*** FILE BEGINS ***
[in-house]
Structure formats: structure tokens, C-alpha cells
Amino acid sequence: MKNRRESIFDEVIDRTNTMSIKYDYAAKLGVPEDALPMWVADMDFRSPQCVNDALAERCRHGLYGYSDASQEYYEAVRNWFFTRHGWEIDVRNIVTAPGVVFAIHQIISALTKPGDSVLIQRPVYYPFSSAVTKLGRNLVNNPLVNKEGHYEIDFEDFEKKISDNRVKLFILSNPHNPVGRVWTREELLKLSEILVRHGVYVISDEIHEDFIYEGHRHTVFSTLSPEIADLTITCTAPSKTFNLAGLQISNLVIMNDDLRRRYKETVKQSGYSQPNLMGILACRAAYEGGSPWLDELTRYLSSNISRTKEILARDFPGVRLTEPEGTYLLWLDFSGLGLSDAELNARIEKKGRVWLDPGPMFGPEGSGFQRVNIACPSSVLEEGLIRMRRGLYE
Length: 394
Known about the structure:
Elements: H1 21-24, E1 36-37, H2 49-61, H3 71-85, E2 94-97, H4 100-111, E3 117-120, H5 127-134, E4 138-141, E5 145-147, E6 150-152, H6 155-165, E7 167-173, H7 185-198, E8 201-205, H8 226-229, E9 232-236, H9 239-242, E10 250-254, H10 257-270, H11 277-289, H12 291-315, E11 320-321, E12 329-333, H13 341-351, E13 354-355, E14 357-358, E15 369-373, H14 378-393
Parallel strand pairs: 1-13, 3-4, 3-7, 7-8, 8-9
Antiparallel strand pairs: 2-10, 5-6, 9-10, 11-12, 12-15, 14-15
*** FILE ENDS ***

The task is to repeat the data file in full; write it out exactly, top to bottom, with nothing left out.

[in-house]
Structure formats: structure tokens, C-alpha cells
Amino acid sequence: MKNRRESIFDEVIDRTNTMSIKYDYAAKLGVPEDALPMWVADMDFRSPQCVNDALAERCRHGLYGYSDASQEYYEAVRNWFFTRHGWEIDVRNIVTAPGVVFAIHQIISALTKPGDSVLIQRPVYYPFSSAVTKLGRNLVNNPLVNKEGHYEIDFEDFEKKISDNRVKLFILSNPHNPVGRVWTREELLKLSEILVRHGVYVISDEIHEDFIYEGHRHTVFSTLSPEIADLTITCTAPSKTFNLAGLQISNLVIMNDDLRRRYKETVKQSGYSQPNLMGILACRAAYEGGSPWLDELTRYLSSNISRTKEILARDFPGVRLTEPEGTYLLWLDFSGLGLSDAELNARIEKKGRVWLDPGPMFGPEGSGFQRVNIACPSSVLEEGLIRMRRGLYE
Length: 394
Known about the structure:
Elements: H1 21-24, E1 36-37, H2 49-61, H3 71-85, E2 94-97, H4 100-111, E3 117-120, H5 127-134, E4 138-141, E5 145-147, E6 150-152, H6 155-165, E7 167-173, H7 185-198, E8 201-205, H8 226-229, E9 232-236, H9 239-242, E10 250-254, H10 257-270, H11 277-289, H12 291-315, E11 320-321, E12 329-333, H13 341-351, E13 354-355, E14 357-358, E15 369-373, H14 378-393
Parallel strand pairs: 1-13, 3-4, 3-7, 7-8, 8-9
Antiparallel strand pairs: 2-10, 5-6, 9-10, 11-12, 12-15, 14-15